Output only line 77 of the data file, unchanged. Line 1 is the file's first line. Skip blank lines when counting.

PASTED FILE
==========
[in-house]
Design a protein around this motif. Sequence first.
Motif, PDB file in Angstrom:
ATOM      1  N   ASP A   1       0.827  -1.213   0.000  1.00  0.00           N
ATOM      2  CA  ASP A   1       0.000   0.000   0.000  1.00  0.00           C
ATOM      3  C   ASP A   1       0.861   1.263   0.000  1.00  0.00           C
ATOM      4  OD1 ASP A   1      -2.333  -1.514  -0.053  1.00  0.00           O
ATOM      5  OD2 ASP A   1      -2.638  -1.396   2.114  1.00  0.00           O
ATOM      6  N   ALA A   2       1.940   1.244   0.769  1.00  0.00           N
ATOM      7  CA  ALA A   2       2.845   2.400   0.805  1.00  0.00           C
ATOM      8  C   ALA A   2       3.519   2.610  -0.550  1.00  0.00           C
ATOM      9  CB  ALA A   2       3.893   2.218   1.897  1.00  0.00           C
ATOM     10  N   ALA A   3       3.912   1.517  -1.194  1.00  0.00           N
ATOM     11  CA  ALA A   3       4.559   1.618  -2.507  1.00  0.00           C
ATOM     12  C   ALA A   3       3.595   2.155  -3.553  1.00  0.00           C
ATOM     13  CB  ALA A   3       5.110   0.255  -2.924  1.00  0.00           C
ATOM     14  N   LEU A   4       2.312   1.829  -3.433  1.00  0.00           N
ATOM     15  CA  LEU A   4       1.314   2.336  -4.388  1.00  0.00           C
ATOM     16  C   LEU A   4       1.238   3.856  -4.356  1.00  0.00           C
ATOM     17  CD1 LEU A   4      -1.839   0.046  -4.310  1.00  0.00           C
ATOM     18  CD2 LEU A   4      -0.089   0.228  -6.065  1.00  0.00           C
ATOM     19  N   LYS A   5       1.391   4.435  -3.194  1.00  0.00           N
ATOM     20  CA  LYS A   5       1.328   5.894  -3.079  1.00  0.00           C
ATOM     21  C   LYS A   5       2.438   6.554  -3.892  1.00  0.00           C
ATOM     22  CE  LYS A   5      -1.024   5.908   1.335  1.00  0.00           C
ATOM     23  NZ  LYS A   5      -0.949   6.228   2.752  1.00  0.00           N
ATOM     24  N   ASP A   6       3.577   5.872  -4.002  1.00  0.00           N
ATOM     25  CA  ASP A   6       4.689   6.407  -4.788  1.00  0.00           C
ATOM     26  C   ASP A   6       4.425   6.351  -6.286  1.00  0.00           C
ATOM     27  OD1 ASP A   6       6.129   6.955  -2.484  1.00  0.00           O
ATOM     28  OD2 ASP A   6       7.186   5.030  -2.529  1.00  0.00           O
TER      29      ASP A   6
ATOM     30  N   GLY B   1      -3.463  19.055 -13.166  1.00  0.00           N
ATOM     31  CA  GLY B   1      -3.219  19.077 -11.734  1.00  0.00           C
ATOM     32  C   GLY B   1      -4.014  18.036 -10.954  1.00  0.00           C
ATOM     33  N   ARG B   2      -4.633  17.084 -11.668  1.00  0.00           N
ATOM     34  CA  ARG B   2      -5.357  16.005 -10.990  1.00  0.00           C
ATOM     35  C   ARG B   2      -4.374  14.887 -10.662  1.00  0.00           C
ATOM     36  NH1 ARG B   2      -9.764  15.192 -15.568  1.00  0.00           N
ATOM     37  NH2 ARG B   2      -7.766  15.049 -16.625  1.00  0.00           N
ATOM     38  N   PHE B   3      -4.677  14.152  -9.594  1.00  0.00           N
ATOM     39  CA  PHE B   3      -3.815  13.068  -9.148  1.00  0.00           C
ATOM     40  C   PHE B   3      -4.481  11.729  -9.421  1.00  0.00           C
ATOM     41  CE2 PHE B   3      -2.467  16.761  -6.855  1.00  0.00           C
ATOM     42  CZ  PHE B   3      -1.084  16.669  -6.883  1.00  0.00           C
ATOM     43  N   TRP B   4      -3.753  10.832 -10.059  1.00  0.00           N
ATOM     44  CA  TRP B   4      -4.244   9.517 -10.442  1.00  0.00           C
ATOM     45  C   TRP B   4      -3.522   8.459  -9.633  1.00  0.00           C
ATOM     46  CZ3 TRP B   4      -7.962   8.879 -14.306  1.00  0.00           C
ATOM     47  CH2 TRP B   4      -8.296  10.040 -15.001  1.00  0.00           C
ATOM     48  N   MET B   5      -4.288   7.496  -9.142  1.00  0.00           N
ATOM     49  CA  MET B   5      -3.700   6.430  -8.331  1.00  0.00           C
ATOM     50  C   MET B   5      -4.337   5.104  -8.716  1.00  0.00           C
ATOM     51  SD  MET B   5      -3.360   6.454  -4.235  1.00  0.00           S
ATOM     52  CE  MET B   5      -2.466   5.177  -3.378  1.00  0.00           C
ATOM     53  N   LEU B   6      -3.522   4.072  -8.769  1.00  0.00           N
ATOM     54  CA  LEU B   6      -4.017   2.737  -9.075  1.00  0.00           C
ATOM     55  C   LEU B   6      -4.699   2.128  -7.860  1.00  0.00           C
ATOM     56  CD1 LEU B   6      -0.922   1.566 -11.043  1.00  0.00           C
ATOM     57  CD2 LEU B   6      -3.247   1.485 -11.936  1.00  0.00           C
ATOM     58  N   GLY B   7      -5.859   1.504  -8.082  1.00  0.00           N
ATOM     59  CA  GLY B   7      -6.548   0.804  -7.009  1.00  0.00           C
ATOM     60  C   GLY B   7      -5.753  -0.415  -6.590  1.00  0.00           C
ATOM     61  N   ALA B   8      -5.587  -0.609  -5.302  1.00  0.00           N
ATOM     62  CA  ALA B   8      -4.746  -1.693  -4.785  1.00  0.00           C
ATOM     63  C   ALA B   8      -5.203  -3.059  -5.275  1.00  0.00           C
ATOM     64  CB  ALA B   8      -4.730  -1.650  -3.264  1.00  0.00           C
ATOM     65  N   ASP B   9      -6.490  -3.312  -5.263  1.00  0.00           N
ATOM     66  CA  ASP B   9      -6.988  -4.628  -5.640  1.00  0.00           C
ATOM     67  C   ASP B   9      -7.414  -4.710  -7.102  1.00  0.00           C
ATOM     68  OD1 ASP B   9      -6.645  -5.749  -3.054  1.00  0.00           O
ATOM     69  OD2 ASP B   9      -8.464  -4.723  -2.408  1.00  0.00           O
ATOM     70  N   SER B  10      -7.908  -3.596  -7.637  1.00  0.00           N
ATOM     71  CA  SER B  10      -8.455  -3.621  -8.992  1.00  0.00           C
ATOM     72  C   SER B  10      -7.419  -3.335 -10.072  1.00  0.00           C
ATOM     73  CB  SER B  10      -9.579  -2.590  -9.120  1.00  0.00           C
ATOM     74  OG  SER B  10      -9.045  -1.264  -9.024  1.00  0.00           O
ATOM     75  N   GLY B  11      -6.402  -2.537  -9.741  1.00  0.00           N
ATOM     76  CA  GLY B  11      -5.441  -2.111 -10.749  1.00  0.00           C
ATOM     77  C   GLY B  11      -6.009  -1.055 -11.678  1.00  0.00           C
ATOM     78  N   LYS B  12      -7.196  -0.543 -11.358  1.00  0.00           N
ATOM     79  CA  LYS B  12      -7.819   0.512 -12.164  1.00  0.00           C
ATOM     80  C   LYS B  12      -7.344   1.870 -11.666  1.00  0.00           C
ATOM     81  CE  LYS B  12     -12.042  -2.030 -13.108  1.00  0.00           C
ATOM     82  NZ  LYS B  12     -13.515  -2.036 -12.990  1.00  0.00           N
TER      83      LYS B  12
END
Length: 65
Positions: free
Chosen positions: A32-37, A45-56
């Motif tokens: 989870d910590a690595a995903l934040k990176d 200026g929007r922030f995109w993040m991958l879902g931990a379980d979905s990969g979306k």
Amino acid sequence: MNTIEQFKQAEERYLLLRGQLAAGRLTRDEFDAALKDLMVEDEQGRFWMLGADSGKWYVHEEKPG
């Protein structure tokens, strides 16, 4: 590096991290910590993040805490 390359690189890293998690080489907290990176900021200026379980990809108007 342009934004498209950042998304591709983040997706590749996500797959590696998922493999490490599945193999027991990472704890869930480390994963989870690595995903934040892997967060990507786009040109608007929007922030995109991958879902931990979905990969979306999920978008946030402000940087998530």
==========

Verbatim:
ATOM     74  OG  SER B  10      -9.045  -1.264  -9.024  1.00  0.00           O